Recent studies also provide some evidence about whether and how district schools improve in the face of charter competition. For example, a 2018 study of New York City shows that district schools increase funding in affected schools. A 2018 study of Massachusetts suggests short-term subsidies to districts can soften the effects of enrollment loss to charter schools. Studies of Denver and Chicago show that enhanced school freedom of action is a factor in the improvement of district schools in a charter-rich environment.
Earlier studies were possibly less positive because they relied on data more than a decade old, and before districts (Chicago and Denver, for example) learned how to improve their schools while charters grew. This is credible in light of evidence that schools facing competition can steadily improve over several years.
RAND’s 2009 study of charter schools in eight cities found few effects in either direction, except for some negative effects in Texas. Two early statewide studies of Ohio and Michigan also documented slight declines in public school test scores. Mixed results are also common in early studies—for example, positive effects on reading scores but negative effects on mathematics, or vice versa. One early study of an unidentified city found negative effects on elementary school students but positive ones for high schoolers.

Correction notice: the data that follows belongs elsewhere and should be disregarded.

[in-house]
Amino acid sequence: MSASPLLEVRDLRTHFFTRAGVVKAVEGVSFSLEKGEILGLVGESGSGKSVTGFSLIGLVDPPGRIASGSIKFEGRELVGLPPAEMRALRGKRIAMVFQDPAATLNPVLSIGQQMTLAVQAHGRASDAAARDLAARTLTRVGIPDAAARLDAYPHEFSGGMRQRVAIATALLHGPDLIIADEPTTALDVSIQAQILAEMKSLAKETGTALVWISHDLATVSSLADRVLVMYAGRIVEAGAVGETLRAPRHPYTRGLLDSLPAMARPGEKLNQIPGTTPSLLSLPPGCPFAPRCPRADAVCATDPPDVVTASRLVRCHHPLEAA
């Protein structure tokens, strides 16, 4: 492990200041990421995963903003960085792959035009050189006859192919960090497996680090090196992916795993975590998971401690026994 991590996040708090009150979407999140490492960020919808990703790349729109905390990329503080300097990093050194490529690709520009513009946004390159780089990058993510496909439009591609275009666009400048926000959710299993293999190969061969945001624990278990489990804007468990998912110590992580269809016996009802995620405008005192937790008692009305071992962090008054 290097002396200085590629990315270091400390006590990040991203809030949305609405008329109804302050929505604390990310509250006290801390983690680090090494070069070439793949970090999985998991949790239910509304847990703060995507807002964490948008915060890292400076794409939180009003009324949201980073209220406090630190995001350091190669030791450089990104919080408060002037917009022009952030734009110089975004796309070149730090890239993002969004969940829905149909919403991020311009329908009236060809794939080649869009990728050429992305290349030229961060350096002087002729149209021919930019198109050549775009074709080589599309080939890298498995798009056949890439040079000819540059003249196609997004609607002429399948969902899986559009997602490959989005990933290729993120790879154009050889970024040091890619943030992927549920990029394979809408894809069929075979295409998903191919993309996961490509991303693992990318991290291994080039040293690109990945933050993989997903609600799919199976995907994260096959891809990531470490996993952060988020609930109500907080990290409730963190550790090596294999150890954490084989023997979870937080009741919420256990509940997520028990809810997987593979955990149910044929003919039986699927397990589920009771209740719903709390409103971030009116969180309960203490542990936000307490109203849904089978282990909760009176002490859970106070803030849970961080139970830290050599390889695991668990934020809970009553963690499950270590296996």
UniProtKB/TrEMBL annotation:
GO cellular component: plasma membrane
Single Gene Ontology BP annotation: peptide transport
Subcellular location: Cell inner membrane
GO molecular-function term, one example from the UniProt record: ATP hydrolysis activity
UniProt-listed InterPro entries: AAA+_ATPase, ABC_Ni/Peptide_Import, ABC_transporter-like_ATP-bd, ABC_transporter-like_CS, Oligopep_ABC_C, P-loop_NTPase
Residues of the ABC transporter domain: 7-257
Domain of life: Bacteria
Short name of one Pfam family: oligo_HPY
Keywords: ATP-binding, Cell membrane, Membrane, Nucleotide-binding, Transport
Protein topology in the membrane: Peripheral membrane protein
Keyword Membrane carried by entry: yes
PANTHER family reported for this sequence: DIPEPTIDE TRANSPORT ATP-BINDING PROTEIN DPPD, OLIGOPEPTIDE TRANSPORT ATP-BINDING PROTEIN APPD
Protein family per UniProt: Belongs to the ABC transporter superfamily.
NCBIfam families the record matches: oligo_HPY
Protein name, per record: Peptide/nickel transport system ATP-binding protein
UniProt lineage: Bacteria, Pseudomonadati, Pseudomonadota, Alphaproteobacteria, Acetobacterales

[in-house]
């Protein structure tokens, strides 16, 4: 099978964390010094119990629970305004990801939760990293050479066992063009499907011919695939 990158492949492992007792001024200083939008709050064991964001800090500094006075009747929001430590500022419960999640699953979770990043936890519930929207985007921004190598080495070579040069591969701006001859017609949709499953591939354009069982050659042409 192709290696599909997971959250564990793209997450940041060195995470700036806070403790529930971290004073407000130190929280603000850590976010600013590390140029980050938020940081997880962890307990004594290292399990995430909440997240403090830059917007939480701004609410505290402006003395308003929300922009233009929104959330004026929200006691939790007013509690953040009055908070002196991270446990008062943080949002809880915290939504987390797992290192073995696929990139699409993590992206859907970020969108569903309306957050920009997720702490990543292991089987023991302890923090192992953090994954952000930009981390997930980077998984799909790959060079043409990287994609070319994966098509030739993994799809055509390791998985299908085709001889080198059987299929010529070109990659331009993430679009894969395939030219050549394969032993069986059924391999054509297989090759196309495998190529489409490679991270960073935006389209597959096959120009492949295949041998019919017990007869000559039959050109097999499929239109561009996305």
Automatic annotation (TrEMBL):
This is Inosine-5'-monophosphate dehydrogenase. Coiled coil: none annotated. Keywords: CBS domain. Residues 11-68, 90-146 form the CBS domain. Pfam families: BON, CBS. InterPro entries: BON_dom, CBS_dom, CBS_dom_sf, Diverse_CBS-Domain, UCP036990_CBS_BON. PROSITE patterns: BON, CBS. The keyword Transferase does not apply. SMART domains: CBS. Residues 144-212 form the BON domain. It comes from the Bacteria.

How can it be that some studies find enrollment shifts to charter schools harm district finances, while others seldom find harm and often find benefits to students? The studies look at different outcomes, so it is possible that districts struggle financially but succeed in insulating students from harm.